Grassley bill would mandate 50 percent cash trade, 14 day delivery for fed cattle

Senator Grassley and others introduced a bill that would require the major meatpackers to obtain at least half of their slaughter cattle through negotiated trade, or a bid-and-buy situation, and would require that all cattle purchased be delivered within 14 days, in an effort to gain better value discovery for fed cattle. Photo by Kristen Schurr

Senator Chuck Grassley and others introduced legislation that would require larger meat packers to buy at least half of their weekly beef slaughter on the open market, and mandates that cattle are delivered within 14 days of delivery.

As boxed beef prices set records week after week – doubling in value over a matter of about 2 months, and fed cattle prices begin a slow upward creep following weeks of rock bottom prices, the entire industry continues to seek answers.

R-CALF USA director and Iowa feeder Eric Nelson points out that in 2014, when cow-calf producers and cattle feeders enjoyed the best prices of their lifetimes, boxed beef was valued at $2.63 per pound and live cattle were worth $1.70.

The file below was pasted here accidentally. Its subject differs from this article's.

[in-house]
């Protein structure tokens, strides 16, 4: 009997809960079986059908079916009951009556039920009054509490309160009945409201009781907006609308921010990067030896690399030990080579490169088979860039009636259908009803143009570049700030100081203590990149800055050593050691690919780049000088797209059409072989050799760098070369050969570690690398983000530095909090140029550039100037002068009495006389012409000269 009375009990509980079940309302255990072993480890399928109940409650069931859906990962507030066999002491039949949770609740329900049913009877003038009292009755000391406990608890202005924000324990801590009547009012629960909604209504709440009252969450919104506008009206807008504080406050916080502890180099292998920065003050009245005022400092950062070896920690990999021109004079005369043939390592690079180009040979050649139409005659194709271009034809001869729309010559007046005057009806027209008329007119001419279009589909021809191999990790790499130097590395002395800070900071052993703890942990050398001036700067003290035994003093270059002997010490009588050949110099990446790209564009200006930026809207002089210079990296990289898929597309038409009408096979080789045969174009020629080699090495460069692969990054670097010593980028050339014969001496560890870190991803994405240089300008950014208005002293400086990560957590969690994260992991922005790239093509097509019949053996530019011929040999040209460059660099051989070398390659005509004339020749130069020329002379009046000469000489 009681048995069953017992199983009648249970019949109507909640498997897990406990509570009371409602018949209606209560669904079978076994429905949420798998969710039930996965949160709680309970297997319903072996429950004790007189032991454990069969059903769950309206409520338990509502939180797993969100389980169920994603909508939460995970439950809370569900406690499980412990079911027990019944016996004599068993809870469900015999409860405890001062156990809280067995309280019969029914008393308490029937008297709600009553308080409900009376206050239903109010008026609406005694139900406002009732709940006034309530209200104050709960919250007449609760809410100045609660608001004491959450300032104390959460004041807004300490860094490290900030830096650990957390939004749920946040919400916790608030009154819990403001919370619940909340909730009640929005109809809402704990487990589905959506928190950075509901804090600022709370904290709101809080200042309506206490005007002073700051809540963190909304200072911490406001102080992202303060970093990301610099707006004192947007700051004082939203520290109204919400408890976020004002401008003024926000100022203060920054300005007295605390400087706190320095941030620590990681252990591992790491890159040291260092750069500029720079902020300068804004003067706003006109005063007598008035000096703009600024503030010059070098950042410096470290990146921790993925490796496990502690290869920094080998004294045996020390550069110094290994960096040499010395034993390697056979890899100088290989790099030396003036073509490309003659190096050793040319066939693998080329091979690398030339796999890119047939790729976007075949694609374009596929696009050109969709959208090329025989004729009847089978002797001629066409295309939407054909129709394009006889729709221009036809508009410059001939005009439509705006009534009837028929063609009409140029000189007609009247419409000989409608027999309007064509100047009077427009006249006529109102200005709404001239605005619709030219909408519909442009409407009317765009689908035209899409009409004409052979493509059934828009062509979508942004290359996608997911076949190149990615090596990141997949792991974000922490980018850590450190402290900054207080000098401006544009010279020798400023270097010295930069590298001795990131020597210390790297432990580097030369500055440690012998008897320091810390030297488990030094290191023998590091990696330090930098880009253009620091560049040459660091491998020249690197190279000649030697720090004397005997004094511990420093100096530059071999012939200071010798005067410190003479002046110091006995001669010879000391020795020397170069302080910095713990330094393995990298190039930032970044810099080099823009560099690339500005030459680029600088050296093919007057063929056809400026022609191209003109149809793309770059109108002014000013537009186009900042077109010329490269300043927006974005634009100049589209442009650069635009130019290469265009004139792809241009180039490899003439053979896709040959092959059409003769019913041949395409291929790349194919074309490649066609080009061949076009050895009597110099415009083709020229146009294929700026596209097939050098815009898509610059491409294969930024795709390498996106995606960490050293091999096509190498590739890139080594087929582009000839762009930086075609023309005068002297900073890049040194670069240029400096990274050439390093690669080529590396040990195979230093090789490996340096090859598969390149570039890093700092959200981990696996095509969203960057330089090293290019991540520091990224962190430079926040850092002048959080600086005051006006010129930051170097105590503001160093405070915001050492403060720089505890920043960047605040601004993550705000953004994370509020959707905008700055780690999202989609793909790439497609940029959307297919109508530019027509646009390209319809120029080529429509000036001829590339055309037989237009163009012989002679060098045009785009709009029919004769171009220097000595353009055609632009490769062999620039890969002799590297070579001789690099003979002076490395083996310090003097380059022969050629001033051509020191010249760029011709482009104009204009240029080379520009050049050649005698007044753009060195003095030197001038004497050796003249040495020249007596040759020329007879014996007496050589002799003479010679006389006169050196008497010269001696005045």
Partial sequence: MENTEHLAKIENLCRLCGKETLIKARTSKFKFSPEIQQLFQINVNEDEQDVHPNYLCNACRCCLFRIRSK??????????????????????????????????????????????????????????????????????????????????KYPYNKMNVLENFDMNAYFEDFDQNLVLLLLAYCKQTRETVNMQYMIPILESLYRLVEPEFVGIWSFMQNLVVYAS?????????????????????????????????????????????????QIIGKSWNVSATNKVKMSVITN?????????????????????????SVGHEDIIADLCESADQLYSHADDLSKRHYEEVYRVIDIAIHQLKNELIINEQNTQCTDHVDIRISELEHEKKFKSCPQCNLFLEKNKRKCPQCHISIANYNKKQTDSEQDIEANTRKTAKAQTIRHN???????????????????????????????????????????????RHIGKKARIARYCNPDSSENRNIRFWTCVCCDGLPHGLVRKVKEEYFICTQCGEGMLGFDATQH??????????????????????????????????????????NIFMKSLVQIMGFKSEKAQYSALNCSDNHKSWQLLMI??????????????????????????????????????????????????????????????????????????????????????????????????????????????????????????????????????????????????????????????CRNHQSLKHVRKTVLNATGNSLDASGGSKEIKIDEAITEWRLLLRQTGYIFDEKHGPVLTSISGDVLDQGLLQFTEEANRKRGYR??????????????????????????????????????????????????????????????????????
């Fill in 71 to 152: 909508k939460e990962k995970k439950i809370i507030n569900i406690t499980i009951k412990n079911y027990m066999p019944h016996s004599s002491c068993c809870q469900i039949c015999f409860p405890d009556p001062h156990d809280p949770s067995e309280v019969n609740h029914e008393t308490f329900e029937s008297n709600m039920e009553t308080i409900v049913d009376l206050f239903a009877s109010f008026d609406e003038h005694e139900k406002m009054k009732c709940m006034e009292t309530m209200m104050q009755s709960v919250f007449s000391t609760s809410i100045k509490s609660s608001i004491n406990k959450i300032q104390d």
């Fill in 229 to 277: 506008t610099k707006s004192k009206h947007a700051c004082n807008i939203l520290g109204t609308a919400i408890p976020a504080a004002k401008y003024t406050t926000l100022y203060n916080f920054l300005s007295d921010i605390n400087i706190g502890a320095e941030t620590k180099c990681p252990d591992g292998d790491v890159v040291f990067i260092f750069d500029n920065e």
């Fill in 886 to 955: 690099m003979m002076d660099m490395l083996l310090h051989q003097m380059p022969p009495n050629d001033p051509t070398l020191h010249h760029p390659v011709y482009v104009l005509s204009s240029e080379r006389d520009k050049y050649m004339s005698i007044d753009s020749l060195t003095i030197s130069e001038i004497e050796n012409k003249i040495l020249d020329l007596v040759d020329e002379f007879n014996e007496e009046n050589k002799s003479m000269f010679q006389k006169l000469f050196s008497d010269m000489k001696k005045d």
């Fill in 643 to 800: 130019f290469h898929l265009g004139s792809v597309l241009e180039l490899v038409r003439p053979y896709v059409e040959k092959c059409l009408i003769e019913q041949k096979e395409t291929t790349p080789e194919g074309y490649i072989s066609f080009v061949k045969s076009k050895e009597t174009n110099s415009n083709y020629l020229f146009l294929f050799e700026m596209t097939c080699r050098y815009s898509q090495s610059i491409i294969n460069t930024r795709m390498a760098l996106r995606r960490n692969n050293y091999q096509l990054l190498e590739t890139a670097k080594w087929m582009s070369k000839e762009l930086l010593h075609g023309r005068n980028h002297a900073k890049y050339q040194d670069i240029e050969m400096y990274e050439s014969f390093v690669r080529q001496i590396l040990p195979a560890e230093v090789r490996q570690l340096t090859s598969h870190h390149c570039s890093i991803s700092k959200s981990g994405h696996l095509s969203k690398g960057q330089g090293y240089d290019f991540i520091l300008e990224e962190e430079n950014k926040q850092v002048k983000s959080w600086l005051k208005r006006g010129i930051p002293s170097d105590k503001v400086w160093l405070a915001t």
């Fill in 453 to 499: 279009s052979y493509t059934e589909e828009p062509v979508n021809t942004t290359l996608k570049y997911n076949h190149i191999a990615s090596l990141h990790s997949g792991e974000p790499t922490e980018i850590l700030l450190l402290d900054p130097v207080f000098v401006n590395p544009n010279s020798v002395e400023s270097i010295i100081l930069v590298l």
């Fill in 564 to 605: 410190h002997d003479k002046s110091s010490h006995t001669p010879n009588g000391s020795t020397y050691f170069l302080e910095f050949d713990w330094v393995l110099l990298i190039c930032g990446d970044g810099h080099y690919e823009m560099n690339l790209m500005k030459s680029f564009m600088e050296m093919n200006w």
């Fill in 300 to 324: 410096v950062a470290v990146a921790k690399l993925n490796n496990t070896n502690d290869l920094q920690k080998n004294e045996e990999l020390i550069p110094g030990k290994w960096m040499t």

Last week boxed beef had climbed to $4.75 per pound, and a few head of fed cattle sold for around $1.10 per pound. “If we’d had comparatively the same prices as in 2014, with boxed beef going up that much, live cattle should have been worth $3.08 last week,” said Nelson.

Grassley’s legislation could help with this price disparity by helping to determine a more accurate value for finished cattle.

Currently there is no minimum requirement for cash trades, and the delivery requirement is 30 days after purchase, but Nelson said the 30 day rule is not always enforced.

According to market analysts, the major four meatpackers currently buy about 20 percent or slightly more of their kill on the open market week in and week out, across the nation. It is well known that the packers in the southern region buy far fewer cattle on the open market, as little as 5 percent, while those further north, particularly Iowa and Nebraska, tend to purchase over 20 percent of their needs on the cash market, or in a “bid and buy” deal, most of the time.

The remainder of cattle are procured through contract arrangements, most of which are tied to the spot market. According to Nelson, many, if not most, of the contract agreements do not include a price, but are to be based upon “the market” at the time of the delivery.

Nelson said this type of arrangement gives meatpackers an incentive to depress the live market, knowing it will lower the price they will pay in their formula agreements as well.